Stay tuned for updates...
Thanks from Dr_C, brucifer, rossb and 4 others
thorgan is offline  
October 28th, 2017, 07:08 AM   #4
ede
Member
 
ede's Avatar
 
Joined: Jul 2015
From: Germany

Posts: 67
Thanks: 31

I Ride: Husaberg FE 501 2002
Hi Thorgan,
you're doing a great project. Keep us up to date with posts and pics.

I also read about your coating at MicroBlue® The How It Works as you recommended. I could not find any detailed information about it - not on their homepage or anywhere else on the internet. What is it exactly and how does it work?
Sorry to mention that, but in the first place it sounds like snake oil to me...
ede is offline  
October 28th, 2017, 11:56 AM   #5
ede
Member
 
ede's Avatar
 
Joined: Jul 2015
From: Germany

Posts: 67
Thanks: 31

I Ride: Husaberg FE 501 2002
Sorry that I stress this topic again,
I'm just curious about the coating stuff in general. Lower friction causes less wear and less thermal stress to all components in the drivetrain - of course - that makes sense.

Renown companies like Oerlikon Balzer offer thin film coatings (usually PVD processes) for tooling and drive train applications. For engines they provide something called Diamond-Like-Carbon (DLC). In that case Balinit Calidur. They advertise it with applications in NASCAR, Formula 1, etc. They point is:
  1. The stuff looks like black color coated - not blue.
  2. They give detailed information about material and coating hardness, etc. So you can compare it with other coatings.
Overview: https://www.oerlikon.com/balzers/com...ucture_id=9384
Balinit Calidur: https://www.oerlikon.com/balzers/com...ucture_id=9384

Then there is the research guys trying to market their stuff, like Fraunhofer with its Diamor, which is a DLC as well, but with little differences. They actually use graphite and implement it in the material surface that a diamond like strong structure can be made (I didn't read the details... sorry). Anyway. Same story: Material and specs are published somehow.

Since I don't know any company that will coat my gears with one of those magic things - I'm wondering what actually MicroBlue is doing/using.

Super-smooth-polished surfaces = low friction. Does the coating level out the left over microstructures? As far as I got it at MicroBlue's website - The superfinished surface comes before you coat it!?!

I also found offers like that: Lower Friction. They offer a powder for coating: "The powder can be coated by spraying (at 120 psi) the substrate with dry (& cool) pneumatic air. It does not require any binders and spraying can be done at normal room temperature. Coated film will be 0.5 micron thick. In an alternative application method, the powder can also be mixed with Isopropyl alcohol and this paste could be buffed to the substrate. The coating applications are already established in many areas such as Automotive parts, Racing Car Engine and other parts, Aerospace parts, Bearings (Linear, Ball, Roller etc), Shafts,..." To me actually I don't know what that is - sounds like snake oil - I guess I prefer to not have that in my engine...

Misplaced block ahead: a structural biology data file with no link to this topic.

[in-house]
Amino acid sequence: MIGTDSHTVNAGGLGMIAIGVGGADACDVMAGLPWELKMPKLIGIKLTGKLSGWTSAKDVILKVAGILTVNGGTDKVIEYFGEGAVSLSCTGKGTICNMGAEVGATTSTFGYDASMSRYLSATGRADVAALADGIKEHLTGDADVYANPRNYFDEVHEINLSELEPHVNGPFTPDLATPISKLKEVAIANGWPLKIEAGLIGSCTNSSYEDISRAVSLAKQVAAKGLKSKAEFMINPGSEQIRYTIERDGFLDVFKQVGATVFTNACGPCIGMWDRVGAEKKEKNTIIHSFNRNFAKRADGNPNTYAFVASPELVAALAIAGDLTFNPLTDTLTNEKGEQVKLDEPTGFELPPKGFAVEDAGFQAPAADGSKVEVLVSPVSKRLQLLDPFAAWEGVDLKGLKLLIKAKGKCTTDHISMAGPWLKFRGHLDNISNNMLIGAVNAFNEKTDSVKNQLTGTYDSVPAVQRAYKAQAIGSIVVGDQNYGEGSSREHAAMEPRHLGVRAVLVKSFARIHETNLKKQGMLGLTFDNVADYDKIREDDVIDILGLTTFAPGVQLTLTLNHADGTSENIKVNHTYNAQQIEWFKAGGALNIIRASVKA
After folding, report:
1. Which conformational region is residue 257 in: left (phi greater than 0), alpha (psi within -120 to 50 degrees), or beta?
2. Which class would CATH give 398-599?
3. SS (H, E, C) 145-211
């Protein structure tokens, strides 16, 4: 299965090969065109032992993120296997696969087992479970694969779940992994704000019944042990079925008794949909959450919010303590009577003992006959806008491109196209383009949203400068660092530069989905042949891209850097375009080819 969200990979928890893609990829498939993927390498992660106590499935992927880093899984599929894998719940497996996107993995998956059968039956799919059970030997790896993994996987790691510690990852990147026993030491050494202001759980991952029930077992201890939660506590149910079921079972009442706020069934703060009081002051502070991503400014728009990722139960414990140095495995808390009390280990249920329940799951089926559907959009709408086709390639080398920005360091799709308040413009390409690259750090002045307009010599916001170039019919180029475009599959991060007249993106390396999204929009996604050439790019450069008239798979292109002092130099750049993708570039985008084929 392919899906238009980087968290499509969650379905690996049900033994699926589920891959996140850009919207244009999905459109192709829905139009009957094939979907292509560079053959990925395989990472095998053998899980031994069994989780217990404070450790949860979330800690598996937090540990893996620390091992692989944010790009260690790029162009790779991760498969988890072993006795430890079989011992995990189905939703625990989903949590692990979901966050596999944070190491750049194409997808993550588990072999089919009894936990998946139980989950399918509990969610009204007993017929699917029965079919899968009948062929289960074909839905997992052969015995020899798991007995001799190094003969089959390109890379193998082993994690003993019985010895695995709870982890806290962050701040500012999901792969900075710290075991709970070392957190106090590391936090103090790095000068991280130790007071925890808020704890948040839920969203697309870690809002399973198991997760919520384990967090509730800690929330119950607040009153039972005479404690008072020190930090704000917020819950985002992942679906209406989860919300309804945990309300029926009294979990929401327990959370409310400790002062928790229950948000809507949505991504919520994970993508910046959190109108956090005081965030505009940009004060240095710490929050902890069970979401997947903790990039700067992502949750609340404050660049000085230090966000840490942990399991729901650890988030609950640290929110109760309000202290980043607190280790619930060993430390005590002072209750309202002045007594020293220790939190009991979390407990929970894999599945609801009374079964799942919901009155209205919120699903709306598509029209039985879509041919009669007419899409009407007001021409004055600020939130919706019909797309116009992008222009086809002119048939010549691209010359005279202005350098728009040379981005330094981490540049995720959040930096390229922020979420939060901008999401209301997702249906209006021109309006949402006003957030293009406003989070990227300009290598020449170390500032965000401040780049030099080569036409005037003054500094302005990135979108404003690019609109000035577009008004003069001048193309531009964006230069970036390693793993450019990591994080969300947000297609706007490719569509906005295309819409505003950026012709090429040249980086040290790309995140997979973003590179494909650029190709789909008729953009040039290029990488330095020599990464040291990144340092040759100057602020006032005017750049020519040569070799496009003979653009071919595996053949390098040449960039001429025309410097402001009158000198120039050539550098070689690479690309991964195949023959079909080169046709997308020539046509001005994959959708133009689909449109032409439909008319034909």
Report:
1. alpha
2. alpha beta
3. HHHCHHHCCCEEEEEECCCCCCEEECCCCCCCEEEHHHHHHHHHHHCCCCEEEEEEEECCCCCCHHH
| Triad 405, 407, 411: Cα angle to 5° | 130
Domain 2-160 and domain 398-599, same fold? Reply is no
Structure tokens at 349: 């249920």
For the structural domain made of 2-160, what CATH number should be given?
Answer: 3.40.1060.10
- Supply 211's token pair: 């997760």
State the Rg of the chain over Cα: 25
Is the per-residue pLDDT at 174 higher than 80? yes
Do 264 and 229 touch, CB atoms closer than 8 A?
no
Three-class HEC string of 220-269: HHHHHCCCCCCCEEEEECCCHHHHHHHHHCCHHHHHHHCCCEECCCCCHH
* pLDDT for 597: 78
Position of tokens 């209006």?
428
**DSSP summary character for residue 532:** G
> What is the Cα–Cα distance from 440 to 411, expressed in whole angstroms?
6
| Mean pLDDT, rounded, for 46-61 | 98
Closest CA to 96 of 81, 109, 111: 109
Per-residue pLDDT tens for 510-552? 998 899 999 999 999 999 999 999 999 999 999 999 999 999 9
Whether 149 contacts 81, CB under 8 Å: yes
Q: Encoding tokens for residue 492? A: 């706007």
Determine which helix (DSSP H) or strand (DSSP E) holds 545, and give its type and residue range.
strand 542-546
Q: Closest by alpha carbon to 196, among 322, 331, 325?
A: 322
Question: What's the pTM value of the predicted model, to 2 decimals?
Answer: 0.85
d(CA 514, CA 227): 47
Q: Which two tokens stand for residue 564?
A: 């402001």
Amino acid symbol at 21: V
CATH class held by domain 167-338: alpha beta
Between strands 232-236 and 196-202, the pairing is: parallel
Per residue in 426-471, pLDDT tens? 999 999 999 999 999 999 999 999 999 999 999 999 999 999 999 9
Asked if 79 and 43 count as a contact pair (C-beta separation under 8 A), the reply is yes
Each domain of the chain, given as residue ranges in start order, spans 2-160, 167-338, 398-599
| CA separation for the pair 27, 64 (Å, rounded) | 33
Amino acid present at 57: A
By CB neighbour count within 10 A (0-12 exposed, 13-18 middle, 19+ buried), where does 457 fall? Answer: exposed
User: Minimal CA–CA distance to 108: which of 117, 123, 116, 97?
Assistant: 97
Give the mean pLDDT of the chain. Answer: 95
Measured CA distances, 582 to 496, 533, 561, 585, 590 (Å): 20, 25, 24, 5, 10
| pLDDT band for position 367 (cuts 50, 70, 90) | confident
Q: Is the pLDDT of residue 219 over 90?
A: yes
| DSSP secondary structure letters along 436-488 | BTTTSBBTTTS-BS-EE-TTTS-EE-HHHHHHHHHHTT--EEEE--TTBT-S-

What does it cost me if I also want my engine coated (with MicroBlue) and what's the value in return and can I trust the product?

Sorry thorgan - I didn't want to make you feel uncomfortable with your achievements - I just want to figure out what I'll get for my money. At the end of the day I need to pay a hell amount of money for shipment and coating...

Regards,
EDE
Thanks from tourist
ede is offline  
October 30th, 2017, 08:45 AM   #6
Senior Member
 
thorgan's Avatar
 
Joined: May 2005
From: Sacramento California

Posts: 120
Thanks: 87

I Ride: "2000" FE600, 1996 FC600, 2015 Beta Xtrainer
EDE,
I've been keeping a spreadsheet on all the costs of the project and the Superfinish/Microblue part of it was $220.

Unlike a coating such as DLC which makes a surface harder and more slippery so less damage is done when surface contact happens, Microblue attempts to avoid the surface contact from happening at all. It's "hydrophyllic" to oil ("oilphyllic"?). From what I understand, it tends to hold oil in the treated area. How it does this is completely beyond me. To be honest, I'm treating this as a big, expensive experiment because, if Microblue performs as advertised, then my engine should not see the typical early Husaberg failures (cam follower bearings and rod bearings in my experience) that have been so common. When I mentioned to Craig (the owner of Microblue) that this engine has no oil pump and is splash lubricated only, he was "very unconcerned".

Indicentally, I also had the rod bearings, main bearings, pistons, wristpins, and piston rings for my Cummins 5.9L turbo diesel treated with Microblue as well. It's at about a 10 percent increase in fuel efficiency so far. It's not completely broken in yet so I'm hoping to see further improvements. It's difficult to say if this improvement is due to the Microblue, however, because I am also running a different camshaft which is advertised to increase fuel economy as well. At least there have been no detrimental effects so far.

As far as specifics of the coating, I wouldn't expect Craig to give you all of the details but maybe it's worth a call at least. He's a nice guy and very knowledgeable.
Thanks from bushmechanic, tourist and ede
thorgan is offline  
November 1st, 2017, 04:48 AM   #7
Senior Member
 
tourist's Avatar
 
Joined: Nov 2012
From: Iceland

Posts: 2,129
Thanks: 645

I Ride: 1 Berg, 1 Zook
(Sincere thanks for for the topical and informative discussion. I find the 'thanks' button insufficient.)
tourist is online now  
November 1st, 2017, 06:21 AM   #8
ede
Member
 
ede's Avatar
 
Joined: Jul 2015
From: Germany

Posts: 67
Thanks: 31

I Ride: Husaberg FE 501 2002
Thanks thorgan,
it would be great if this helps to prevent typical early Husaberg failures. Keep us up to date!
ede is offline  
Reply

  Husaberg Forum > Mechanical and Technical > Mechanical

Tags
660, husaberg



Thread Tools
Display Modes



Facebook Twitter Google+ RSS Feed